Not thought of as an automatic pick going into the tournament, Sterling played 641 minutes across seven matches, opening the scoring in three of them.
The Manchester City winger was always bright and looking to run at and commit defenders. He was also considered favourite for the Player of the Tournament award before the final and Gianluigi Donnarumma's heroics.
Marcus Rashford - 5.5
Like Grealish, Marcus Rashford also got less game time than he maybe deserved as Southgate struggled to juggle his abundance of attacking talent.
Five substitute appearances were all that Rashford could conjure and he failed to produce a shot all tournament.
He was also one of three England players to miss a crucial penalty in the shootout.
Kieran Trippier - 7
La Liga winner Trippier was consistent when called upon by Gareth Southgate, and like Kyle Walker, is a right full-back able to play in multiple positions.
He featured at left wing-back in England's first match, a shock pick by the boss but Trippier put in a strong performance.
The defender then featured in every knockout game, culminating in the final against Italy when he set up Luke Shaw for his early opener.
Kalvin Phillips - 8
Emerged with a greatly enhanced reputation after making the most of his opportunity against Croatia in the opener.
The Leeds midfielder was energetic, not afraid to tackle and elevated the whole team with his running in the centre of the pitch.
Provided the assist for Raheem Sterling's goal in the 1-0 win over Croatia with a burst from midfield to show that he is not just a defensive option.
Tyrone Mings - 7
The Aston Villa centre-back deputised while Harry Maguire made his way back from injury and, in fairness, did little wrong.
He made four tackles and completed seven ball recoveries in just 191 minutes on the pitch, but he's just not Harry Maguire.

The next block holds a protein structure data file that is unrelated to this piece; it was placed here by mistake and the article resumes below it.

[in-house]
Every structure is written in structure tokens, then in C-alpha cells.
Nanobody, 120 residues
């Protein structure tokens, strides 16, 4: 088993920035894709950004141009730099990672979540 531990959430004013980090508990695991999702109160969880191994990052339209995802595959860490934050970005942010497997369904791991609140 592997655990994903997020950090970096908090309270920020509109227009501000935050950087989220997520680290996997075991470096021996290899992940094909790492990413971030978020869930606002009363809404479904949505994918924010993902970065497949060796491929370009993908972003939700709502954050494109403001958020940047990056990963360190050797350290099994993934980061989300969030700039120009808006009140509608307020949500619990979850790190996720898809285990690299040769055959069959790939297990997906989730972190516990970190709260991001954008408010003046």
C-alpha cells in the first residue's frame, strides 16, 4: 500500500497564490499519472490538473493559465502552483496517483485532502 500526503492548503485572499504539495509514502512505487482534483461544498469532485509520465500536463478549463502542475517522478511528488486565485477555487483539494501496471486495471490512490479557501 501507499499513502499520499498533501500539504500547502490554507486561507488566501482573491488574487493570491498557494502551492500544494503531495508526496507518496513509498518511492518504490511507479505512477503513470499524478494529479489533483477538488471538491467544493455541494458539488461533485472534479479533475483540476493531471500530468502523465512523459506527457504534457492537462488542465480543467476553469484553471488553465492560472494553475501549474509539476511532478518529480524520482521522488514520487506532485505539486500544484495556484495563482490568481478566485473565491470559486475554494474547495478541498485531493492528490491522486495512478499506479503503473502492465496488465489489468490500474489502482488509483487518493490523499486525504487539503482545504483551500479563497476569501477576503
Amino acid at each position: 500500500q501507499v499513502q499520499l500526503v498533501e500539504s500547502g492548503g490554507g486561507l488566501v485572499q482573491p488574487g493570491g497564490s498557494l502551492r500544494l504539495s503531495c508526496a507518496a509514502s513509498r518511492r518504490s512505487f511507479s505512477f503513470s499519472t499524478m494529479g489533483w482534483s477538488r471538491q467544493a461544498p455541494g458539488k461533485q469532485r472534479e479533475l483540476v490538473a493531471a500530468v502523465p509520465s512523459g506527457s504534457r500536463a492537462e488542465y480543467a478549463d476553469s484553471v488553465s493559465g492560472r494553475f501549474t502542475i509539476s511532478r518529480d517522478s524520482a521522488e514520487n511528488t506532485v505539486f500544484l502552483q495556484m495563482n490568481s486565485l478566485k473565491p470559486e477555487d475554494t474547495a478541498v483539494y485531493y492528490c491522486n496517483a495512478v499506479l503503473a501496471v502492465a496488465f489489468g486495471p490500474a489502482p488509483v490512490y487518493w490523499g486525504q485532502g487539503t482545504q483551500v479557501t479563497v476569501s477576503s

Jadon Sancho - 6
Jadon Sancho only had one match to show what he could do, impressing in the comprehensive 4-0 win over Ukraine.
His link up play and movement from the right wing kept the Ukranians constantly guessing and his fancy footwork helped him to unlock their defence on multiple occasions.
The winger, who looks Manchester United-bound, only had another seven minutes to showcase his talents and missed a crucial penalty in the shootout loss to Italy.
Dominic Calvert-Lewin - N/A
Being back-up to one of the best strikers in the world is a tough gig and this was reflected in the paltry 18 minutes he got on the pitch.
Mason Mount - 6.5
When he did play, he was often utilised in a central position, dropping into midfield to try and make space for others. However, it didn't always have the desired effect.
His workrate could not be questioned but he will know he can perform to a better standard.
Phil Foden - 6
Tipped to be the Young Player of the Tournament, Phil Foden started two games in the group but only managed one substitute appearance in the latter stages.
Showed early glimpses of promise, striking the post against Croatia when cutting in on his favoured left foot, but like many of the other attacking options, he was unable to recapture his domestic form on the international stage.
Reece James - 6.5
Bukayo Saka - 7.5
Bukayo Saka was the true breakout star in Gareth Southgate's squad.
His bravery led to him taking the fifth penalty for England in the shootout defeat to Italy but it should be remembered that this was the very same bravery which saw him take the game to Germany and Denmark in the knockout stages. How he bounces back will be a true mark of the player he is set to become.
Jude Bellingham - 6
Yet another with the world at his feet, Jude Bellingham only turned 18 during the tournament itself. The central midfielder made a couple of appearances from the bench and did not look out of place.
His maturity on the pitch defies belief and there is so much to get excited about with the Birmingham-born Borussia Dortmund player, who will be looking to guide his side to the Bundesliga title next season, a feat they are 7/1 to achieve.